Space-wise, the XL7 is a little cramped side to side. The legroom is good, but it is a little tight in the second row if you’re trying to squeeze in three people. The BR-V, meanwhile, is roomy all around. This goes back to the dimensions of each vehicle. The Honda is wider, but the Suzuki is longer, which leads us into…
Cargo space, meanwhile, is a different story. Suzuki posts that its XL7 has a max cargo capacity of 803L with all the seats folded down. Meanwhile, the Honda BR-V only gets up to 521L as listed on the spec sheets. That’s all well and good, but the XL7 has only a 153L cargo capacity, while the BR-V gets 223L with all the seats folded.
Meanwhile, on the technology front, bot cars get Apple CarPlay and Android Auto compatibility, but the XL7 trumps the BR-V infotainment by about 3 inches. The 10-inch screen in the Suzuki is absolutely massive and dwarfs the Honda’s 7-inch system. Both models also get a backup camera, so parking and reversing will not be a problem for either, but the XL7 gets a slight advantage in the tech department because it has reverse sensors.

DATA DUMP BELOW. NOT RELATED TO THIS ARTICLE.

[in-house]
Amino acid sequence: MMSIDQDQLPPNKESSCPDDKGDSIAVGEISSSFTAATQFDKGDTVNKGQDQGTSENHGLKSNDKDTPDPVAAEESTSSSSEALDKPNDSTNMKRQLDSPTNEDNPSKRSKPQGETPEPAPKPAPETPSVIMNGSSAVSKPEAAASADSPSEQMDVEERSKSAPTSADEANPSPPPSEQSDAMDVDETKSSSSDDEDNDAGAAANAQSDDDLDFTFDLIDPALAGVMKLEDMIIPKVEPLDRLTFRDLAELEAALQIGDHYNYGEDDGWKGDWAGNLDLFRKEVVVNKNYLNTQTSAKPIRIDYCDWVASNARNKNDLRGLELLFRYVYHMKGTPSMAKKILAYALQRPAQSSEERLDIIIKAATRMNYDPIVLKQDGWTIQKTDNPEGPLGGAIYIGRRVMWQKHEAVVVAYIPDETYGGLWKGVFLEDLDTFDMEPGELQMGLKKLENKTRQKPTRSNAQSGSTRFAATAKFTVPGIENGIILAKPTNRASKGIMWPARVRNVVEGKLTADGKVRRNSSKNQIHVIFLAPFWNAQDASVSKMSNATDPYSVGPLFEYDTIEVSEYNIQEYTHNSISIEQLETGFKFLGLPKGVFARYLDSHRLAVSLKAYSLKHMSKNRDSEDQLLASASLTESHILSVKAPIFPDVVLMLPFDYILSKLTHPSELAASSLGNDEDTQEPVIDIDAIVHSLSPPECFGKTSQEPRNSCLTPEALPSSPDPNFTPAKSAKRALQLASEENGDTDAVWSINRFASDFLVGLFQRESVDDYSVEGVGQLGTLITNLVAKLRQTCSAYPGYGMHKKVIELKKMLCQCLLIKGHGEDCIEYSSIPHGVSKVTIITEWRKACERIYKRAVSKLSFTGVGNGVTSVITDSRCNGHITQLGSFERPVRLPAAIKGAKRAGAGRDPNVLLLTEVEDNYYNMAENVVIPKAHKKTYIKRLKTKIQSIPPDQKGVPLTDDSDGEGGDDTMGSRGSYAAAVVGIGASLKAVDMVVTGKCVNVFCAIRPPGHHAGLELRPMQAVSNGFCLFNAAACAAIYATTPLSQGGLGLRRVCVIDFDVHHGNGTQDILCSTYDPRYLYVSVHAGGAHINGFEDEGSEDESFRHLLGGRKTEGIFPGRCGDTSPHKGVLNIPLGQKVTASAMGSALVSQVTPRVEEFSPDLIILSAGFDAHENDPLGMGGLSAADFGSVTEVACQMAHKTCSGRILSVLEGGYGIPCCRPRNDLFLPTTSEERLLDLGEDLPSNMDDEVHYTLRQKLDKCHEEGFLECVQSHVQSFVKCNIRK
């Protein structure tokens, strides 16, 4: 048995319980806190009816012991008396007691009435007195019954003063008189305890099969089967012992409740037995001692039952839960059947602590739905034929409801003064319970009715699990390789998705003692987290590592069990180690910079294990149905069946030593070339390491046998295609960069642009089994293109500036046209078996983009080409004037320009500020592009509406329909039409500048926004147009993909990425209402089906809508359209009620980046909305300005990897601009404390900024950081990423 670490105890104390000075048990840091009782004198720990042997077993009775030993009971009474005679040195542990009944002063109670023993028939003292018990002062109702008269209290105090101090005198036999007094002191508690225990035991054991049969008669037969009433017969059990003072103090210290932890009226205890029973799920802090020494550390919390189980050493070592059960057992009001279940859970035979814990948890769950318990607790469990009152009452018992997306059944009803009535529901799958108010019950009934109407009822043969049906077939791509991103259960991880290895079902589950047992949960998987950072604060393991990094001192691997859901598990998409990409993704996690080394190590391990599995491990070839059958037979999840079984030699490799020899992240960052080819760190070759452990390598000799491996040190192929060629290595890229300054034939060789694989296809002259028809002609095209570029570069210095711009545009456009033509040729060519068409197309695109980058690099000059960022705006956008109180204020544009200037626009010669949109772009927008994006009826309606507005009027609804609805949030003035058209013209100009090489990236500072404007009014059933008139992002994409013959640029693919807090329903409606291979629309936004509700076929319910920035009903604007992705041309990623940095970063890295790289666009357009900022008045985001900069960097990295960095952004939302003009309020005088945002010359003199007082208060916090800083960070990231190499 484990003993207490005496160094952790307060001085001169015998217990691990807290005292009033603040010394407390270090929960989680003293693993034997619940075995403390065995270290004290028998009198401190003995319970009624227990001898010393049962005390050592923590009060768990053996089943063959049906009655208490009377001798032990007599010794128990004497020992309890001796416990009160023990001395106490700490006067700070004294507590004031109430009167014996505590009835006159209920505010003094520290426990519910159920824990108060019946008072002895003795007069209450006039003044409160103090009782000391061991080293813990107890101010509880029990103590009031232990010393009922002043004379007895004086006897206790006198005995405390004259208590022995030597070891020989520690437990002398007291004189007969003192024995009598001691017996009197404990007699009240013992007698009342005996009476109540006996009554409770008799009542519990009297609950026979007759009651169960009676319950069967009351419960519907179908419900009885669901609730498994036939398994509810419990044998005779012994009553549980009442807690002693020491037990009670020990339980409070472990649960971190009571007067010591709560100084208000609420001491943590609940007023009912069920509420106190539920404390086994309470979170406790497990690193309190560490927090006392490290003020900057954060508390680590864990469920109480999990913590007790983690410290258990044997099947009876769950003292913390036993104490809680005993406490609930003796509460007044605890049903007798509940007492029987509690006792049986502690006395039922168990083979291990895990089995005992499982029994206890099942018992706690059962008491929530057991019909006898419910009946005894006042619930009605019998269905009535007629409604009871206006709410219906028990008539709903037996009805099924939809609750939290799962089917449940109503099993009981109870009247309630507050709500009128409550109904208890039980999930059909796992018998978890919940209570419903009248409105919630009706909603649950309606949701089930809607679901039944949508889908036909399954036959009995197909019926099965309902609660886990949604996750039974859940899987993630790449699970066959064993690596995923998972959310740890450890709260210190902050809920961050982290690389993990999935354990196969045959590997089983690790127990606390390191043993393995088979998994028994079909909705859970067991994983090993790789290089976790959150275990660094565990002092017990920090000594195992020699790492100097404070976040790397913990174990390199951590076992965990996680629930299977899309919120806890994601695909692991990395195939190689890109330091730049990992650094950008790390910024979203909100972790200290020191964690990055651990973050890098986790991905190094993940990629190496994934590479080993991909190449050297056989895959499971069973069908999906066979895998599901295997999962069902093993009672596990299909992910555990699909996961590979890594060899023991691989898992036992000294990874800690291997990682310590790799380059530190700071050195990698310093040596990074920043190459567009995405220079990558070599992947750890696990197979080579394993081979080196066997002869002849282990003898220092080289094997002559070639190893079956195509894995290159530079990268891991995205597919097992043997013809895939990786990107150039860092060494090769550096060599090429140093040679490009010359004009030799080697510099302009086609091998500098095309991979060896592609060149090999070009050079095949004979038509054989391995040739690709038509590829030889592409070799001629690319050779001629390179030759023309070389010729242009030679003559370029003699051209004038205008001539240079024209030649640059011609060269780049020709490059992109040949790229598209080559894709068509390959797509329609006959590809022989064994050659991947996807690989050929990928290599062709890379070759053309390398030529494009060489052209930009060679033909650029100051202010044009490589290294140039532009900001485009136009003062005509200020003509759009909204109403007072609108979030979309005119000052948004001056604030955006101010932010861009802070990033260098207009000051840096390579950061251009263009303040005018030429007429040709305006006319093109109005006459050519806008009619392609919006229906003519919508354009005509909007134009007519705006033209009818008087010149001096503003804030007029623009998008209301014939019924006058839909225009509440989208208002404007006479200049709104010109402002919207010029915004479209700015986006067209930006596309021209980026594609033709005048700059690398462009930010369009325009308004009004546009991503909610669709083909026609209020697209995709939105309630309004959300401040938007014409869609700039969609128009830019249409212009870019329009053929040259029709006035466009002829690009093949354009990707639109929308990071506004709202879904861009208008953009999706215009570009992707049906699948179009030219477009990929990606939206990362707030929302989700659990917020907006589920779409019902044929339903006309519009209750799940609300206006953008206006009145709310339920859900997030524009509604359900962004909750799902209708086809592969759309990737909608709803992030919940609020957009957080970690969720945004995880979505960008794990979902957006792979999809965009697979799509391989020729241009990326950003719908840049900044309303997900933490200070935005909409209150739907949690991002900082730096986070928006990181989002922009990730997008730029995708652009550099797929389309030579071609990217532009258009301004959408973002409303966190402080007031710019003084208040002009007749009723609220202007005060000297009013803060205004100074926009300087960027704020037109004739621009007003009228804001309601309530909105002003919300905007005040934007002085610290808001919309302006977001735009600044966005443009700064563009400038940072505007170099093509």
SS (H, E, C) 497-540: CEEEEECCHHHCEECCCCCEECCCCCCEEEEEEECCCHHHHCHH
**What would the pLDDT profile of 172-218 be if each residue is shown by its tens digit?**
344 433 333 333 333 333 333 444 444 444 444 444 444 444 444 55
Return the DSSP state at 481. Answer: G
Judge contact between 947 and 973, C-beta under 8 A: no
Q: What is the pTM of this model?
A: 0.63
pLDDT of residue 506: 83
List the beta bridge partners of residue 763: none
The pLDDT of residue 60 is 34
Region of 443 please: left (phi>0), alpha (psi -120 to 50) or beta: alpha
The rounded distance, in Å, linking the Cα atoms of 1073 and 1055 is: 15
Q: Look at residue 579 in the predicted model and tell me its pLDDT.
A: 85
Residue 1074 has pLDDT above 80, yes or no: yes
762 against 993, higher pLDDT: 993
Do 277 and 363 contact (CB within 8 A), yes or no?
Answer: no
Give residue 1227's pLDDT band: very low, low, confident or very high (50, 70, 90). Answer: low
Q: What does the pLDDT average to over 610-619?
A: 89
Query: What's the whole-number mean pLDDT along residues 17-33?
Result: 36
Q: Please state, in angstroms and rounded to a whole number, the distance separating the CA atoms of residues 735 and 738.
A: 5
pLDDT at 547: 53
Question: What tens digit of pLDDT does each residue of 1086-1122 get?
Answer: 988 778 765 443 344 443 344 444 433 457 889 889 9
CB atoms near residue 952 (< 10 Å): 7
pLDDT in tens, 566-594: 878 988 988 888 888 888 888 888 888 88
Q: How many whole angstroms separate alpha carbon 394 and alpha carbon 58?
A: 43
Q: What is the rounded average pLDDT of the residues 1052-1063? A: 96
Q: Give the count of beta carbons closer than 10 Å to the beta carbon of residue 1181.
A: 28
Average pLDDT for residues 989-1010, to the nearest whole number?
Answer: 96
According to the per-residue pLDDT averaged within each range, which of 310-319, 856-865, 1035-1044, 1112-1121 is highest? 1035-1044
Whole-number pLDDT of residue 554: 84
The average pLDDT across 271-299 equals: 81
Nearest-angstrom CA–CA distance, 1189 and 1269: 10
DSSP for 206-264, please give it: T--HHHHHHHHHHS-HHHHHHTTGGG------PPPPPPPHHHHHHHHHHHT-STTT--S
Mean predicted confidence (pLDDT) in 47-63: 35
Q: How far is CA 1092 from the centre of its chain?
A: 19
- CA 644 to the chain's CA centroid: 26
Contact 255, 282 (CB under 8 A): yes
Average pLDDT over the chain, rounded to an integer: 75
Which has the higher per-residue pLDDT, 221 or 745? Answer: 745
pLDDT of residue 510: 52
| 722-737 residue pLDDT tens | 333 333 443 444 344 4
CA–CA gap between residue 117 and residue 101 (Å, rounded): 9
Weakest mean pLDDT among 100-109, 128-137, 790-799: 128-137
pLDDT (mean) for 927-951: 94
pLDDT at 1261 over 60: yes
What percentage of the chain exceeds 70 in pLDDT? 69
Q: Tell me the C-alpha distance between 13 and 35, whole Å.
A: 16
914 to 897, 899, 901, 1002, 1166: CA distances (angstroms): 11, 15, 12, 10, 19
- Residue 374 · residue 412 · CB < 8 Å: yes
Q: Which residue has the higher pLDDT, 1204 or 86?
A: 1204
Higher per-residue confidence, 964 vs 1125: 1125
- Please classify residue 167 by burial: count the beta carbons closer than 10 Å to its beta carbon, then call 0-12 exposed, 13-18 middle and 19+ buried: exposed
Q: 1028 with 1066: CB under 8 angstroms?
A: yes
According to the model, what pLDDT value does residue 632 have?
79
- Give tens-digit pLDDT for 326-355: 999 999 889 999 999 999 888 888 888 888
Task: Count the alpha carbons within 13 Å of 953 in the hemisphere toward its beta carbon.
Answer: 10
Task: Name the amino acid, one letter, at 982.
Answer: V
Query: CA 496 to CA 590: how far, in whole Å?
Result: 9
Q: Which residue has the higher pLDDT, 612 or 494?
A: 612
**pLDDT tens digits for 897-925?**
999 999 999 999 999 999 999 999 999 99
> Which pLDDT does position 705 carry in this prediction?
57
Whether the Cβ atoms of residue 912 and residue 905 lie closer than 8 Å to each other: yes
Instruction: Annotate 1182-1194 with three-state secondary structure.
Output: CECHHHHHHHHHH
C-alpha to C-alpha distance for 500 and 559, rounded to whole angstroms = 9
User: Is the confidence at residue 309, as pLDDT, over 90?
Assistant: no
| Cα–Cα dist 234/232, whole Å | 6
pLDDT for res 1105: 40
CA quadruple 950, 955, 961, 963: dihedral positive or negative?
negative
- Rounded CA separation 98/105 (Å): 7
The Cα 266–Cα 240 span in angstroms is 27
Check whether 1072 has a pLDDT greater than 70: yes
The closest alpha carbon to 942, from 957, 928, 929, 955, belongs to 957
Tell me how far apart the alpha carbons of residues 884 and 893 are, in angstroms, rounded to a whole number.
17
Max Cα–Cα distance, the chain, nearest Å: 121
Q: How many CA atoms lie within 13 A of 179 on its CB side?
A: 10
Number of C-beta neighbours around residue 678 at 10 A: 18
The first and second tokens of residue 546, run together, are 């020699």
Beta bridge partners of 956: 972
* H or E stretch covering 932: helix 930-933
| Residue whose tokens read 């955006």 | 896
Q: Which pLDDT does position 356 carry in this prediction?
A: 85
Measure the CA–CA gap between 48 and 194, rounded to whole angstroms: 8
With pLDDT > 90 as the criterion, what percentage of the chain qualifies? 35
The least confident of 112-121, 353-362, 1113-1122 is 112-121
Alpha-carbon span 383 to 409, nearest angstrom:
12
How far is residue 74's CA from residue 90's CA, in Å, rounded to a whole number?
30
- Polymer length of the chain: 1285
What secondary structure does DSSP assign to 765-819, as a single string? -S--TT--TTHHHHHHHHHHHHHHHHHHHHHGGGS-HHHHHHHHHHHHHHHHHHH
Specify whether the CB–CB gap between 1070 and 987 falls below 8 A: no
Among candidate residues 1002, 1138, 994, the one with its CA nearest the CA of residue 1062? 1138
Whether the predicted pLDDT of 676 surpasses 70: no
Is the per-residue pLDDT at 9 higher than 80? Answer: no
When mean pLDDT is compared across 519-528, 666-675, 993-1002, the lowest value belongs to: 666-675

For the interior category, it’s a bit close. The Honda BR-V may be a bit dated, but it has a leather interior with red accents to spruce things up. Suzuki fires back, however, with an infotainment system that is absolutely massive and gets the job done nicely. We enjoy the tech package in the Suzuki a lot more, trading just three inches of screen size gets you leather, and that’s where the Honda BR-V makes its comeback.
Winner: Honda BR-V
Both vehicles come with 1.5-liter gasoline engines, but there is a stark difference between how Suzuki makes its engine compared to Honda. The BR-V was the most powerful in its class, while the XL7 is somewhat of an underdog.
With just 103 hp and 138 Nm of torque, the XL7 won’t win any drag races. It has a 4-speed automatic transmission as well so that at least makes its operation rather familiar. We were, however, very surprised with the way it was able to sip through its fuel. Among the two, it is the more fuel-efficient, and it even bagged a few spots on our fuel efficiency lists.